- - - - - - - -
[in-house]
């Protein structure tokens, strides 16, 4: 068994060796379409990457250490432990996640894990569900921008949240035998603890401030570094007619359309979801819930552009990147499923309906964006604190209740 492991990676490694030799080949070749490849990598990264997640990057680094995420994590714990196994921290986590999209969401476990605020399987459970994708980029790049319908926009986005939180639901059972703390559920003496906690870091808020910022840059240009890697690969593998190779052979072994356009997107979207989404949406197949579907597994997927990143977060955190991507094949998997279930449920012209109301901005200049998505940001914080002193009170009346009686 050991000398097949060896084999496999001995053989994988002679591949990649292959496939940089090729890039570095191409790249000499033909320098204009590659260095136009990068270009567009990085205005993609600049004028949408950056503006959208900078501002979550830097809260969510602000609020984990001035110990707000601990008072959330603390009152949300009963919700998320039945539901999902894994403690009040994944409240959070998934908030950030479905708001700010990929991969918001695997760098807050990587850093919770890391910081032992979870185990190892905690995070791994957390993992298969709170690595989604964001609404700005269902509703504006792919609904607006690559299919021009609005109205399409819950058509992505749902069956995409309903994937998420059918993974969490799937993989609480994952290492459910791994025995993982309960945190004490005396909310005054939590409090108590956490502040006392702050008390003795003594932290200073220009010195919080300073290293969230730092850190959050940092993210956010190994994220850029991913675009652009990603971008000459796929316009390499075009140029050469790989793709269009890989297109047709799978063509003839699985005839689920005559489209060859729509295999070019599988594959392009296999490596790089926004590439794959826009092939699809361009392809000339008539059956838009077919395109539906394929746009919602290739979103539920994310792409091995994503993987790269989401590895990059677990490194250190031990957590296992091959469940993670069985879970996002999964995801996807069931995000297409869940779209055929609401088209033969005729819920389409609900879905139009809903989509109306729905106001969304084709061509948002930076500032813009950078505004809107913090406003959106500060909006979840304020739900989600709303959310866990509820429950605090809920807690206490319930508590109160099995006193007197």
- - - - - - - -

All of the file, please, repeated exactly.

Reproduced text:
[in-house]
């Protein structure tokens, strides 16, 4: 068994060796379409990457250490432990996640894990569900921008949240035998603890401030570094007619359309979801819930552009990147499923309906964006604190209740 492991990676490694030799080949070749490849990598990264997640990057680094995420994590714990196994921290986590999209969401476990605020399987459970994708980029790049319908926009986005939180639901059972703390559920003496906690870091808020910022840059240009890697690969593998190779052979072994356009997107979207989404949406197949579907597994997927990143977060955190991507094949998997279930449920012209109301901005200049998505940001914080002193009170009346009686 050991000398097949060896084999496999001995053989994988002679591949990649292959496939940089090729890039570095191409790249000499033909320098204009590659260095136009990068270009567009990085205005993609600049004028949408950056503006959208900078501002979550830097809260969510602000609020984990001035110990707000601990008072959330603390009152949300009963919700998320039945539901999902894994403690009040994944409240959070998934908030950030479905708001700010990929991969918001695997760098807050990587850093919770890391910081032992979870185990190892905690995070791994957390993992298969709170690595989604964001609404700005269902509703504006792919609904607006690559299919021009609005109205399409819950058509992505749902069956995409309903994937998420059918993974969490799937993989609480994952290492459910791994025995993982309960945190004490005396909310005054939590409090108590956490502040006392702050008390003795003594932290200073220009010195919080300073290293969230730092850190959050940092993210956010190994994220850029991913675009652009990603971008000459796929316009390499075009140029050469790989793709269009890989297109047709799978063509003839699985005839689920005559489209060859729509295999070019599988594959392009296999490596790089926004590439794959826009092939699809361009392809000339008539059956838009077919395109539906394929746009919602290739979103539920994310792409091995994503993987790269989401590895990059677990490194250190031990957590296992091959469940993670069985879970996002999964995801996807069931995000297409869940779209055929609401088209033969005729819920389409609900879905139009809903989509109306729905106001969304084709061509948002930076500032813009950078505004809107913090406003959106500060909006979840304020739900989600709303959310866990509820429950605090809920807690206490319930508590109160099995006193007197």